When Federal Chancellor Olaf Scholz wanted to describe the far-reaching consequences of the turning point for the German economy in the procurement of raw materials some time ago, he tried to use a somewhat outdated expression. “We can’t afford to be etepetete,” said Scholz.
On Tuesday, a burly man with a mustache stands by his side, and the chancellor sticks to the resolution. “Azerbaijan is a partner of growing importance for Germany and the European Union,” says Scholz in a friendly manner. The country has “the potential to make an important contribution to the diversification of German and European energy supply when it comes to oil and gas”.
Poor human rights scores, but a welcome substitute for Russia
The man with the mustache likes to hear it. It’s Ilham Aliyev, the President of Azerbaijan. Aliyev inherited the post from his father 20 years ago. In the country’s authoritarian regime, power is “strongly concentrated in the hands of Aliyev,” according to the human rights organization Freedom House, which classifies Azerbaijan as clearly not free and gives the country miserable marks in all relevant categories.
Scholz comes, he is so expected, to speak carefully about this circumstance. “Our basic conviction here in Germany is,” he says, “a vibrant civil society is part of democracy. We can only benefit from it.” Aliyev routinely ignores this, preferring to talk about business. And that is developing positively since Russia stopped supplying oil and gas to Germany and most other EU countries. The comparatively modest exports to Germany alone increased by 148.8 percent last year.
“Azerbaijan is a reliable partner for Europe. We are increasing our gas exports to Europe,” promised the President in the Chancellery. Since the Russian war against Ukraine, European interest in gas from Azerbaijan has skyrocketed. His country reacted and increased deliveries from eight billion cubic meters a year to twelve billion cubic meters. In 2027, as agreed with the European Union last year, the aim is to deliver 20 billion cubic meters.
“Dignity on the Battlefield” restored with Armenia
Aliyev emphasizes that Azerbaijan also has great potential for renewable energies, for example through wind power from the Caspian Sea. Scholz calls it all “very impressive”. Deliveries from Azerbaijan strengthened European energy security. That is in the common interest and at the same time, the Chancellor praised, “an expansion of renewable energies is taking place”. Azerbaijan is one of the economic beneficiaries of the Russian war of aggression, but is keeping a low profile politically. Even during the press conference, Aliyev did not say a bad word about the Russian aggression. Scholz takes care of that. “Putin must abandon his ludicrous project and withdraw Russian troops from Ukraine,” he says.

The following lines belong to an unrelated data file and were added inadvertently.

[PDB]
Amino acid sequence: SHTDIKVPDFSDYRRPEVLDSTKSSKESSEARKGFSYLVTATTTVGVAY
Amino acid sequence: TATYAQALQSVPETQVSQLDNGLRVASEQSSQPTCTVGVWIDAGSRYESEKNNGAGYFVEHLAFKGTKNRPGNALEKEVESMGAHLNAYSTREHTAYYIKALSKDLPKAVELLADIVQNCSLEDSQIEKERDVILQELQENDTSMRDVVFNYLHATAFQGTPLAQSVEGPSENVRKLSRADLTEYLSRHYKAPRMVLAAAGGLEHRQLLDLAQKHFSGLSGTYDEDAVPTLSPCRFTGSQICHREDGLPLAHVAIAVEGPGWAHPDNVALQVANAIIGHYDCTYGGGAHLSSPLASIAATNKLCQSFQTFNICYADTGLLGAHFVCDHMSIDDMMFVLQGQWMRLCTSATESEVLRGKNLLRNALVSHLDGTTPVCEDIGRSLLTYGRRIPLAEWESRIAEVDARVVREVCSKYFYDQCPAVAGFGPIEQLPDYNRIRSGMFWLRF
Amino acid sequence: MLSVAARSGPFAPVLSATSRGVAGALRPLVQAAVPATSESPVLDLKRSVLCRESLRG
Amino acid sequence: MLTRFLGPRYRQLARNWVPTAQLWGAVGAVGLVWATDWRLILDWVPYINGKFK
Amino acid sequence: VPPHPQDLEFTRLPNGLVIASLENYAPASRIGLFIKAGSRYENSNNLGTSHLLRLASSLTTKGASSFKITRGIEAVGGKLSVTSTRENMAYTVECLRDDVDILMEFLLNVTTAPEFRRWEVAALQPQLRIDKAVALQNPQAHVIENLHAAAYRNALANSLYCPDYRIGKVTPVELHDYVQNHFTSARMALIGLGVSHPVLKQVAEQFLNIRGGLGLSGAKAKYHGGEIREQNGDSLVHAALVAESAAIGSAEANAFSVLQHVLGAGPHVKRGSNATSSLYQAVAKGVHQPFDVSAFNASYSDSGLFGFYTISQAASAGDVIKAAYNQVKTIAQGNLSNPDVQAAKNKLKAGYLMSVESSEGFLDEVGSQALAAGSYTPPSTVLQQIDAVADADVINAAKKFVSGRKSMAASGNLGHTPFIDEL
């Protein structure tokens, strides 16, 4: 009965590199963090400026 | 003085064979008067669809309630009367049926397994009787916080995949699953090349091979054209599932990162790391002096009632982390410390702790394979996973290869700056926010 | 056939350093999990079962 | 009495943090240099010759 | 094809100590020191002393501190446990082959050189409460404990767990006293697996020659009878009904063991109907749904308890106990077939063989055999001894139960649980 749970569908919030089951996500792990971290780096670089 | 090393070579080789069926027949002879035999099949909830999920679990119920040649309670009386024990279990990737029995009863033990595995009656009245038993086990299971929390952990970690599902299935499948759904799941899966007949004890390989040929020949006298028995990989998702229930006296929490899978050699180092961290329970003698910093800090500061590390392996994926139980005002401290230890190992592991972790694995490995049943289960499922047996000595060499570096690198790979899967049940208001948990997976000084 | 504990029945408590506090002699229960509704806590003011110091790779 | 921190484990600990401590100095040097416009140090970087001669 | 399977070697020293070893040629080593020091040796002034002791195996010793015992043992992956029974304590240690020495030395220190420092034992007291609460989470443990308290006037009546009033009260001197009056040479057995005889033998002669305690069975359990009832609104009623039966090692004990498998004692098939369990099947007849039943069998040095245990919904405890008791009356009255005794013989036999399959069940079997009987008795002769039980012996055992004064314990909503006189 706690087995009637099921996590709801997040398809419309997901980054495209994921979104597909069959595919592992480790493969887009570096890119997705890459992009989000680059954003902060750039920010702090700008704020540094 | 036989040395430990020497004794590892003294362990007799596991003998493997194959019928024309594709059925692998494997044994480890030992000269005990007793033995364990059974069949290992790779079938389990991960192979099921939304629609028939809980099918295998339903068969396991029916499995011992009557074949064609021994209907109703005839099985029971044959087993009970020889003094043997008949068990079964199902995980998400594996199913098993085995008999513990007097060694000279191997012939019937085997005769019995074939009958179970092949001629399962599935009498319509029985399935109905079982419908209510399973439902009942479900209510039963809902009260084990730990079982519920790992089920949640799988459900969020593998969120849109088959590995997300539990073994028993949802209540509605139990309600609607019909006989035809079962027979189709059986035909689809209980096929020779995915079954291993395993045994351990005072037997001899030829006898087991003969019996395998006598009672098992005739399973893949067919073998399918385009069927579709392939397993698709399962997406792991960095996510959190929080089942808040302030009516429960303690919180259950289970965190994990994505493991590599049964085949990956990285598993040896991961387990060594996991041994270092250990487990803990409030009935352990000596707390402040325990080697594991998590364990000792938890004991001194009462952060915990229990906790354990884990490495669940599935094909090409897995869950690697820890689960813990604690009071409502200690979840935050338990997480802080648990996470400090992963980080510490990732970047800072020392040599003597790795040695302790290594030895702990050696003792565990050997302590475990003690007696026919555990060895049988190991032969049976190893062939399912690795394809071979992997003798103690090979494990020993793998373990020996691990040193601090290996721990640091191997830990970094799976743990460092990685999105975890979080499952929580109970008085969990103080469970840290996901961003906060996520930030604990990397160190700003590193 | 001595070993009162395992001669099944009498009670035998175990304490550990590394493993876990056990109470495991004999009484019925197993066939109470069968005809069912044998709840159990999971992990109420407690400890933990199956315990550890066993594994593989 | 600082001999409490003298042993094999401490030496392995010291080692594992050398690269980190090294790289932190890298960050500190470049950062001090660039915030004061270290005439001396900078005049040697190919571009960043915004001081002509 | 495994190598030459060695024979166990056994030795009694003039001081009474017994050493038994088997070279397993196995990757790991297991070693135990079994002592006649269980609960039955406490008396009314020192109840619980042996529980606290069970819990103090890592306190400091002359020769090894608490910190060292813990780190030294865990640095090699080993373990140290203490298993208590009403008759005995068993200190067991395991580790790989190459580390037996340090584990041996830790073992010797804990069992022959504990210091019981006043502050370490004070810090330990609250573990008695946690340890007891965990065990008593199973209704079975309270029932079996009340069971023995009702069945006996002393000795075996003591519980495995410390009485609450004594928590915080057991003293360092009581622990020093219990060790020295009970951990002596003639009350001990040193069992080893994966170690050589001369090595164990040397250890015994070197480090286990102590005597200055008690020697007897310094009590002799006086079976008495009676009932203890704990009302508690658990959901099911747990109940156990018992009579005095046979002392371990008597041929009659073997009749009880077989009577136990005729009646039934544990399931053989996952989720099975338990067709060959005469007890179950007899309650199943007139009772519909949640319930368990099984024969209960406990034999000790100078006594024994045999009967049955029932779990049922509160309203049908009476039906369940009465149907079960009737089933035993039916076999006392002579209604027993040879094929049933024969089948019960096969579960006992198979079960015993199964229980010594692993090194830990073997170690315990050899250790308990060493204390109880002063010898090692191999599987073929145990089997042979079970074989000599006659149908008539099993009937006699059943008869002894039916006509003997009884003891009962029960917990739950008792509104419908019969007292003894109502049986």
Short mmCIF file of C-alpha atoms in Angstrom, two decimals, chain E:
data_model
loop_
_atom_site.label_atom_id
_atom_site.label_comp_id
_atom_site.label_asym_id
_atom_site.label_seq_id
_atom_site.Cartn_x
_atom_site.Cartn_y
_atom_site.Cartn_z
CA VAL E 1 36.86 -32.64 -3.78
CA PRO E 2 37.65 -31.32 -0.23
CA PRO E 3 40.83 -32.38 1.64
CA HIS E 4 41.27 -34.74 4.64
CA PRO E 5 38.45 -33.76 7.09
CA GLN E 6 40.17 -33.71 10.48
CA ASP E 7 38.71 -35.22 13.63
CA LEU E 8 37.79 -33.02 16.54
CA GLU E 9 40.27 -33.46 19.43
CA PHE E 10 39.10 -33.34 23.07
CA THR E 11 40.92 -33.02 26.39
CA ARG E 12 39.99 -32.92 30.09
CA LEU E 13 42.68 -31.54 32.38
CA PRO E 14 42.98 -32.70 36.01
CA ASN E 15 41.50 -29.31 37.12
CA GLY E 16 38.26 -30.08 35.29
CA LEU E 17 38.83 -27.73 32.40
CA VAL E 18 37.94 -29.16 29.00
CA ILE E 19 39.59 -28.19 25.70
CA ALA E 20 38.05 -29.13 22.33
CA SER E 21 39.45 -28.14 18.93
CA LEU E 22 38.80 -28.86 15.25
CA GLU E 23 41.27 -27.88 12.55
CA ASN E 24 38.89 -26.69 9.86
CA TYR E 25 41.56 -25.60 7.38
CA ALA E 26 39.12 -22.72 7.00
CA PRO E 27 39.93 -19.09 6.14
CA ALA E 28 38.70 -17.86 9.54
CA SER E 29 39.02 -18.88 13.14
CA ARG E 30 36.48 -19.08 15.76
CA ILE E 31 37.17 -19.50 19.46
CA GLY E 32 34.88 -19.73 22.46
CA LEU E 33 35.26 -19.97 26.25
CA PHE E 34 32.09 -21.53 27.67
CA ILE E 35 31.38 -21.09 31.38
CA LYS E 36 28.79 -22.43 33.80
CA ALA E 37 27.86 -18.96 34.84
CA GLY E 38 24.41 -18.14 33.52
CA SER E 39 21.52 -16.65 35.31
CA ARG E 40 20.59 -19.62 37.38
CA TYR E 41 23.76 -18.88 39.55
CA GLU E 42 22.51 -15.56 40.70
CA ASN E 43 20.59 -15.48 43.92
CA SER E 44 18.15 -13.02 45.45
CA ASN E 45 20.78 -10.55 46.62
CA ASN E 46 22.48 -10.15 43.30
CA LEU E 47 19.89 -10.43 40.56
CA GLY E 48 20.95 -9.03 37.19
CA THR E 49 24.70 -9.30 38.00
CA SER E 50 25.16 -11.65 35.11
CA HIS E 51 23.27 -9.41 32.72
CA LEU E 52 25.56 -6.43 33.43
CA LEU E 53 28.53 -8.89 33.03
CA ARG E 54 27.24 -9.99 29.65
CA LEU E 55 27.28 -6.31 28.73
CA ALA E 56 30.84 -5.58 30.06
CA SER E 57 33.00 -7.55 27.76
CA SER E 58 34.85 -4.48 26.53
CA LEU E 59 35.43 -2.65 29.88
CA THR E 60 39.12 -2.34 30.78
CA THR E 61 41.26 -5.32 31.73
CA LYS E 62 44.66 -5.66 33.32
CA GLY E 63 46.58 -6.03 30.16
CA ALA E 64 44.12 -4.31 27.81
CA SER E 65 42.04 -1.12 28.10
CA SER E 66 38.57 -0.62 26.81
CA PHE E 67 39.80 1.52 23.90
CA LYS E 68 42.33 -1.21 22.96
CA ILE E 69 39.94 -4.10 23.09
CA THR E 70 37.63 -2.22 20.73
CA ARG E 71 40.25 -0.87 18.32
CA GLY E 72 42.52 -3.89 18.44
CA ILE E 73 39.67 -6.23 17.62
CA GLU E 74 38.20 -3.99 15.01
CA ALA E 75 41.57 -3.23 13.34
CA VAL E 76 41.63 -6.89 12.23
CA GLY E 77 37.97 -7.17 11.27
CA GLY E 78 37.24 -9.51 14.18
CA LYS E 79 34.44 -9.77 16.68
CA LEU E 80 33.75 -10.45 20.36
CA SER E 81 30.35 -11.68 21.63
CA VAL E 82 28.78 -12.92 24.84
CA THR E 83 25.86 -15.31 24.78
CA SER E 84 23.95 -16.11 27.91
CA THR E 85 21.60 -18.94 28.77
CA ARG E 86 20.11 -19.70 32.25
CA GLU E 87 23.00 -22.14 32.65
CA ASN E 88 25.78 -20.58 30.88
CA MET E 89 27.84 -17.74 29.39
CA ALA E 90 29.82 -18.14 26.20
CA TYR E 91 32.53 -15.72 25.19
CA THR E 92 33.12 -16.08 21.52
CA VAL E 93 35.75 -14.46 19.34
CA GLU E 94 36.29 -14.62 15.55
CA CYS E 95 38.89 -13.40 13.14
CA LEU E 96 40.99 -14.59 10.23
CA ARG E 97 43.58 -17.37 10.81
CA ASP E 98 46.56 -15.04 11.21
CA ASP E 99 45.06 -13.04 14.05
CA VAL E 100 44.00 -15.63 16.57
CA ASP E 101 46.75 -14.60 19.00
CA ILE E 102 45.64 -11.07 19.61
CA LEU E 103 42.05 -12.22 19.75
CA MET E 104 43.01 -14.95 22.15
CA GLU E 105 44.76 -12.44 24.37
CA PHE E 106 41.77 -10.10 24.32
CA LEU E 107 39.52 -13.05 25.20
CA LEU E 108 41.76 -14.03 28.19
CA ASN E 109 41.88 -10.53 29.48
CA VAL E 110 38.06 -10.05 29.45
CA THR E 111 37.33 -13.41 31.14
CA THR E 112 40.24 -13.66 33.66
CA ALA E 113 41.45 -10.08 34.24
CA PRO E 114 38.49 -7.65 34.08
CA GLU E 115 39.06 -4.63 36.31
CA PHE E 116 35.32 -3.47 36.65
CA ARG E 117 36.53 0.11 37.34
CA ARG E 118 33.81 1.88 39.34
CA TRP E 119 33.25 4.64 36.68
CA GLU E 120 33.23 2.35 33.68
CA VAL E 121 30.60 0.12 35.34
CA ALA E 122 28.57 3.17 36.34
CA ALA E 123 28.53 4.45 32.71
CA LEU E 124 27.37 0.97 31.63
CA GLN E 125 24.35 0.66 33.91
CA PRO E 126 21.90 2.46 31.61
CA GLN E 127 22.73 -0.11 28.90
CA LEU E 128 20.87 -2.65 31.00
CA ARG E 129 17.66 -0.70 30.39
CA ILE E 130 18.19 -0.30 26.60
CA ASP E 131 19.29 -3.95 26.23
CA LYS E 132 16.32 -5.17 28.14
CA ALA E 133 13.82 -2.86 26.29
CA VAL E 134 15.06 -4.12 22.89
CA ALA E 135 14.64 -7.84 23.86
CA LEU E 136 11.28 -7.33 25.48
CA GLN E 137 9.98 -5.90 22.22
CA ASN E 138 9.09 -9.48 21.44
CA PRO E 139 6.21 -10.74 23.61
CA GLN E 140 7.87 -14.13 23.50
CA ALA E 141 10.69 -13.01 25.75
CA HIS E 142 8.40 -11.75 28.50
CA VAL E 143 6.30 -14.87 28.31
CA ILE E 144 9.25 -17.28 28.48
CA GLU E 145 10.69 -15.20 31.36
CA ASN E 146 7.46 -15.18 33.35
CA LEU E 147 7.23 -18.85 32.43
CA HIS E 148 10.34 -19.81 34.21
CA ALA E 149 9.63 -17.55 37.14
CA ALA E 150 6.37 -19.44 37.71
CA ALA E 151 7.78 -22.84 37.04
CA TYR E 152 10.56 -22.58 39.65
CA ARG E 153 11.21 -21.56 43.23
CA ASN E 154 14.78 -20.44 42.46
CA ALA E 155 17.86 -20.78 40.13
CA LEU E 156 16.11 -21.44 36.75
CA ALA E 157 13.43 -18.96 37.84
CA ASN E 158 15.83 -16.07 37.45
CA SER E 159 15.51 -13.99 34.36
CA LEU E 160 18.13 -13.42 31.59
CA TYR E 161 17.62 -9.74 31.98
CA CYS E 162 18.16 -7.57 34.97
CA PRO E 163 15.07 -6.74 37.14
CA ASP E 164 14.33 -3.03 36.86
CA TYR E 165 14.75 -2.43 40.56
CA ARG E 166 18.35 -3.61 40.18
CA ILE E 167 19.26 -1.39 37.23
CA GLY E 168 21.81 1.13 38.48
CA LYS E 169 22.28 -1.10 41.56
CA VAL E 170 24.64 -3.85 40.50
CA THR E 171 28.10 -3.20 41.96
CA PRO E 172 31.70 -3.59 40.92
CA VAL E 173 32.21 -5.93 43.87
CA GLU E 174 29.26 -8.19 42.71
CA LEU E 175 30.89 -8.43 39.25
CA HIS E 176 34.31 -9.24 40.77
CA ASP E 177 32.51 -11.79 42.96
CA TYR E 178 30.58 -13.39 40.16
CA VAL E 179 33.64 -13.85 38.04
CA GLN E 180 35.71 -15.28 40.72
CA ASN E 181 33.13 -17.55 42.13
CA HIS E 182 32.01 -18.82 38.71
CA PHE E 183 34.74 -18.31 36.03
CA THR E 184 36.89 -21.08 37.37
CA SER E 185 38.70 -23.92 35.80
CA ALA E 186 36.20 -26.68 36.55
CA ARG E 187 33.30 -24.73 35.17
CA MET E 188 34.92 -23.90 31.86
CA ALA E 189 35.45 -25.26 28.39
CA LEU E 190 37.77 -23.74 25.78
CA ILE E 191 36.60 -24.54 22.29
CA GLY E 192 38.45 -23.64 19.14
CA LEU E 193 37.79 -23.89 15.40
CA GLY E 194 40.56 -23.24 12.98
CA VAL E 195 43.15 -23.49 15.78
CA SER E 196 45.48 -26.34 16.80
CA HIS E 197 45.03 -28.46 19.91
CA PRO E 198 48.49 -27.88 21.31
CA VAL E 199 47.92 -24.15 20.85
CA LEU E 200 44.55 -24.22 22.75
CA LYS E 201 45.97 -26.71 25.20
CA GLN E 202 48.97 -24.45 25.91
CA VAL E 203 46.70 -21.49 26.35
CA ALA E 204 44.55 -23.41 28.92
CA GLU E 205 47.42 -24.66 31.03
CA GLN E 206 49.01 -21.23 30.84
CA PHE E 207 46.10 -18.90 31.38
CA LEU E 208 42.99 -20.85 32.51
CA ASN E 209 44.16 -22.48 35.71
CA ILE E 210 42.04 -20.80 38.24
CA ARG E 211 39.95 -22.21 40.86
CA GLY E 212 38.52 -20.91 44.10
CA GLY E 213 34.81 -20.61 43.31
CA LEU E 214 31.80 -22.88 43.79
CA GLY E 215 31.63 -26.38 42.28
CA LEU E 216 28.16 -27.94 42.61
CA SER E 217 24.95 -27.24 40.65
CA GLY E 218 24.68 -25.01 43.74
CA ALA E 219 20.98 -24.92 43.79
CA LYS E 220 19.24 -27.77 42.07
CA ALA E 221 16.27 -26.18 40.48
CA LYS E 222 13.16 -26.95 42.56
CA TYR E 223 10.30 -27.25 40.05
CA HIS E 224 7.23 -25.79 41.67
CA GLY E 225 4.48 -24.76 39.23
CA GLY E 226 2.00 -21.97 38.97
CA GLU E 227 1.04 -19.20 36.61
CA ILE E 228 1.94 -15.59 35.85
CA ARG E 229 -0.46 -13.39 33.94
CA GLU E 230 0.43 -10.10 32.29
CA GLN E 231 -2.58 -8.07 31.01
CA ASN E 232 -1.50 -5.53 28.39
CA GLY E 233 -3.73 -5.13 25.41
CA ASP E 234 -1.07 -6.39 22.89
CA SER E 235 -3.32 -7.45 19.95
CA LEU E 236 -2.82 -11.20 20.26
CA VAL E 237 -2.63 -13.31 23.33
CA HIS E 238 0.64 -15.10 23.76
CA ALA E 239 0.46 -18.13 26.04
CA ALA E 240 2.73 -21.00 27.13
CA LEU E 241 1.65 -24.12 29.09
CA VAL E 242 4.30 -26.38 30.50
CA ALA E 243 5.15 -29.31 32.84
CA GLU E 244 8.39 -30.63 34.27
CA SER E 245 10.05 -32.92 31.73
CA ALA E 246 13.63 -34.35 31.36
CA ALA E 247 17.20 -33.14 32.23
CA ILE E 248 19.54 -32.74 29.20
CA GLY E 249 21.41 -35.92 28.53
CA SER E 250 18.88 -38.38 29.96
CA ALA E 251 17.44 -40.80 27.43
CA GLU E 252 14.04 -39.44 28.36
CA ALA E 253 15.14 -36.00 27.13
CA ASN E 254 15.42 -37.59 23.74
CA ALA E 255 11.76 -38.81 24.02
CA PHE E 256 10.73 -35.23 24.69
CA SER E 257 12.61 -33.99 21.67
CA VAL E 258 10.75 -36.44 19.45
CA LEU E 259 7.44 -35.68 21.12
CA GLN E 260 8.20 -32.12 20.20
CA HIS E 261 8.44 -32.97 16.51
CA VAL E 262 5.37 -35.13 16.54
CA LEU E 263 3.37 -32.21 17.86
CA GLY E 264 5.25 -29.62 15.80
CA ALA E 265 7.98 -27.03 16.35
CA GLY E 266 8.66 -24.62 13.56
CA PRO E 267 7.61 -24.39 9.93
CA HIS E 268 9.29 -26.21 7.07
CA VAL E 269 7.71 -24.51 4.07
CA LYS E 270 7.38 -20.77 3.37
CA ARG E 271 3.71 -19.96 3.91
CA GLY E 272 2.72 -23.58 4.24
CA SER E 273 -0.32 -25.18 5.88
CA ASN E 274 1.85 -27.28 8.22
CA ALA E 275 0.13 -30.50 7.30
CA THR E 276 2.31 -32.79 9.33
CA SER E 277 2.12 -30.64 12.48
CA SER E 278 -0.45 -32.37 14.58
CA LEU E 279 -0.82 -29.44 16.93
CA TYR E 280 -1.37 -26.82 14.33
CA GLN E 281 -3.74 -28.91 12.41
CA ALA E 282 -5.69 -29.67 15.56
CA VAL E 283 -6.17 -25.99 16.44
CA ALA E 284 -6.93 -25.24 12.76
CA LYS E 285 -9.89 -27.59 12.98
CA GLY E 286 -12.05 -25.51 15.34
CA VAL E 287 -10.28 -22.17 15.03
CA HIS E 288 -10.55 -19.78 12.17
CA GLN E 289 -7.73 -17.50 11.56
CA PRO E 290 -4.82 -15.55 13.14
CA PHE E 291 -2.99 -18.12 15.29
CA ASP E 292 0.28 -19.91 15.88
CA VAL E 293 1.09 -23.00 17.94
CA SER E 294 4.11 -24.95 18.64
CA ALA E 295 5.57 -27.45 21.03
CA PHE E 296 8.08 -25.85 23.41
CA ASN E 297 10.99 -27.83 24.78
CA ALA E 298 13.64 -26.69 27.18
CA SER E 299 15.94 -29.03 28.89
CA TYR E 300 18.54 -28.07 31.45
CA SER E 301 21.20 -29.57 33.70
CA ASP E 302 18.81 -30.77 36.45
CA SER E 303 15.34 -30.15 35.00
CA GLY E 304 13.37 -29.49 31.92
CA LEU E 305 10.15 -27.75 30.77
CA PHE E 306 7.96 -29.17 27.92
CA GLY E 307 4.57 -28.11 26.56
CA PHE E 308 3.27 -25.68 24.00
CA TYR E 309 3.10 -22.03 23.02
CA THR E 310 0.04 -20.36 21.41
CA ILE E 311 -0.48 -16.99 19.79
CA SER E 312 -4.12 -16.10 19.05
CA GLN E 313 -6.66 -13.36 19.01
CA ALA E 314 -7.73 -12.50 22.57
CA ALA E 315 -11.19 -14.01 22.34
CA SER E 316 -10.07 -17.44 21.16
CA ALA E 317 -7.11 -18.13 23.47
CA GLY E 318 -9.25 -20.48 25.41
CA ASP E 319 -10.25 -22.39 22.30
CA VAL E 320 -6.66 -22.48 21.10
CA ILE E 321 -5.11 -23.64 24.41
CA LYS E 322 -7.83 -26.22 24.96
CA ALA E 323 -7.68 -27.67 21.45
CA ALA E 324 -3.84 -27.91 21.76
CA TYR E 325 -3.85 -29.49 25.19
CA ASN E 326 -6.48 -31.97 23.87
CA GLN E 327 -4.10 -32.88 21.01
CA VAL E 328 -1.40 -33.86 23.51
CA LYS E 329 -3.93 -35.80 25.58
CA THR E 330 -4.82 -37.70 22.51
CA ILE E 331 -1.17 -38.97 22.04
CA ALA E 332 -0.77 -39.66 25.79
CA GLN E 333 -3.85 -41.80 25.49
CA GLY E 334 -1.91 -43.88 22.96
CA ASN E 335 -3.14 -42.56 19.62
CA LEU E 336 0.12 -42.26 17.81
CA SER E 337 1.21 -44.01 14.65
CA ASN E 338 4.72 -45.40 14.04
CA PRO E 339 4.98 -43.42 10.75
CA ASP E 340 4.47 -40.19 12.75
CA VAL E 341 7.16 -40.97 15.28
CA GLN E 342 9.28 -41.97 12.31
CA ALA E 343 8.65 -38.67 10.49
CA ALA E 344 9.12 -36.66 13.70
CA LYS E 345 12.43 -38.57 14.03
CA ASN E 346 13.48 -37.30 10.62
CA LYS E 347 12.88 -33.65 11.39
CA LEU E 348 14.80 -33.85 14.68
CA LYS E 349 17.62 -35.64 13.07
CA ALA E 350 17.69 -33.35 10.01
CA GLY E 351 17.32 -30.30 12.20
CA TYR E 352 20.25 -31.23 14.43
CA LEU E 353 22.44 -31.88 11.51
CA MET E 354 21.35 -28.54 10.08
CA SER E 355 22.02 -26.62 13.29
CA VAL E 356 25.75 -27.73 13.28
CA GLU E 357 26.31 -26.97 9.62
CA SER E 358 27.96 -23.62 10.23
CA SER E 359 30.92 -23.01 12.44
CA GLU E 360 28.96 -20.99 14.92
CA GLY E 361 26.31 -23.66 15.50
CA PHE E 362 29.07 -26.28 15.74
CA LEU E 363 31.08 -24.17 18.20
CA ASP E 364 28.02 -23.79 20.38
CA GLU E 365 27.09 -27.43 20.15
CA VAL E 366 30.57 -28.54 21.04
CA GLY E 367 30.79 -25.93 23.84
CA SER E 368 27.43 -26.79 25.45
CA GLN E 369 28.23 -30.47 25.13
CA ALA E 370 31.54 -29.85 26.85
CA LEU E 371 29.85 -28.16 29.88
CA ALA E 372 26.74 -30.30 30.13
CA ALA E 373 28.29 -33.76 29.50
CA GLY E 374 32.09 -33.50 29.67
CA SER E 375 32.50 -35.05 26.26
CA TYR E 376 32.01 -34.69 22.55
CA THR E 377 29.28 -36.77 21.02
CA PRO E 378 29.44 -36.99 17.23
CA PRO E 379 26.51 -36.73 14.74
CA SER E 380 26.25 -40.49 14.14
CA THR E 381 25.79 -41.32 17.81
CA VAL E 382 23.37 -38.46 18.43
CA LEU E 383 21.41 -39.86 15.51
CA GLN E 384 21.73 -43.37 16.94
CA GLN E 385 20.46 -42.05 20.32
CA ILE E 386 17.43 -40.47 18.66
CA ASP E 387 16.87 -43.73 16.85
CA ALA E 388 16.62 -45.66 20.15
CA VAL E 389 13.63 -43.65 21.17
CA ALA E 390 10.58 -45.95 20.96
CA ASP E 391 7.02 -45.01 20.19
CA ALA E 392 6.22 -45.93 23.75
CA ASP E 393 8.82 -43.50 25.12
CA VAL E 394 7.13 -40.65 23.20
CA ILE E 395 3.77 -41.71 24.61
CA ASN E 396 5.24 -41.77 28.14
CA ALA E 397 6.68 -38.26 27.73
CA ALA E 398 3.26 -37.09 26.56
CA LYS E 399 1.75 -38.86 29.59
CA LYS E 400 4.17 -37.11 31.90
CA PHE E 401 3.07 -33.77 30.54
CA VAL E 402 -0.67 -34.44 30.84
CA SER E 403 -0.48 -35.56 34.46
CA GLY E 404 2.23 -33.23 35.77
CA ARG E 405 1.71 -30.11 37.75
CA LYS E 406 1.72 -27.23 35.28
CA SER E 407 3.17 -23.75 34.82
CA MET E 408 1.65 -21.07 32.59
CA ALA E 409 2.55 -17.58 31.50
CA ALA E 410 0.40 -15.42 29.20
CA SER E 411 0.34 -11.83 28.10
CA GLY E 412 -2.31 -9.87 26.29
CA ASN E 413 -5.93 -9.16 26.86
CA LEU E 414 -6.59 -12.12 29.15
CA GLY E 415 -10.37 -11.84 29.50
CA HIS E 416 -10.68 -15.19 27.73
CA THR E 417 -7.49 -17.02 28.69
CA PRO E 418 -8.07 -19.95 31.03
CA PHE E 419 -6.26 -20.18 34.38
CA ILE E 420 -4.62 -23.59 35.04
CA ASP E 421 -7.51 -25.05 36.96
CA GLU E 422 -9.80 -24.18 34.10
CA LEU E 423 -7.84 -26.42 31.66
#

Scholz also spoke about the tense situation between Azerbaijan and Armenia. Right now, in view of the “geopolitical turning point”, efforts must be intensified to settle the conflict between Armenia and Azerbaijan peacefully, he warns. Since a war in 2020 over Nagorno-Karabakh, which is inhabited by Armenians but belongs to Azerbaijan under international law, there have been repeated skirmishes and hostilities between the two Caucasus countries. “The situation is unsustainable in the long term and harbors the risk of further escalation,” warns Scholz.
Aliyev is not impressed by that either. Instead, he points out that in 2020 his country managed to regain territory that belonged to Azerbaijan after 30 years. In this way, Azerbaijan has “restored its dignity and territorial integrity on the battlefield”.